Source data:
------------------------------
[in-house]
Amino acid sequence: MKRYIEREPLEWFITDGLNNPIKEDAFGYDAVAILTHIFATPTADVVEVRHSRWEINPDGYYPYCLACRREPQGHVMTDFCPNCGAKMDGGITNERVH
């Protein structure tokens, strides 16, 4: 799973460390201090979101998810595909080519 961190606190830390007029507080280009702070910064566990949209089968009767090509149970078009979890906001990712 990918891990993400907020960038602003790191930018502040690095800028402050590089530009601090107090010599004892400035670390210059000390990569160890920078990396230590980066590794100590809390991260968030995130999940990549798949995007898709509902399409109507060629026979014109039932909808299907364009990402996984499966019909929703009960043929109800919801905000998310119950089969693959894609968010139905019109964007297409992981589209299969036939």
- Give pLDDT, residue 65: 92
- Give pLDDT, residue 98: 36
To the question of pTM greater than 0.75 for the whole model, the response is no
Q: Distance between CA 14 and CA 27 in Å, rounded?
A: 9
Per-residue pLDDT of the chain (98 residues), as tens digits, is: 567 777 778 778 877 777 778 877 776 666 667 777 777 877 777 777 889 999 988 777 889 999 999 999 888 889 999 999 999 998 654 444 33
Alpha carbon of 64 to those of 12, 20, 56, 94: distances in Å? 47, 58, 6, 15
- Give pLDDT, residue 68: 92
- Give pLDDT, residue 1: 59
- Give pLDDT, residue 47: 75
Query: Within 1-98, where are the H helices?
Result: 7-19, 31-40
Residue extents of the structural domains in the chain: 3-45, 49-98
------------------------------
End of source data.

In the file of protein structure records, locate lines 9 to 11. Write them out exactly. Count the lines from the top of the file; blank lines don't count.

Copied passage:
Per-residue pLDDT of the chain (98 residues), as tens digits, is: 567 777 778 778 877 777 778 877 776 666 667 777 777 877 777 777 889 999 988 777 889 999 999 999 888 889 999 999 999 998 654 444 33
Alpha carbon of 64 to those of 12, 20, 56, 94: distances in Å? 47, 58, 6, 15
- Give pLDDT, residue 68: 92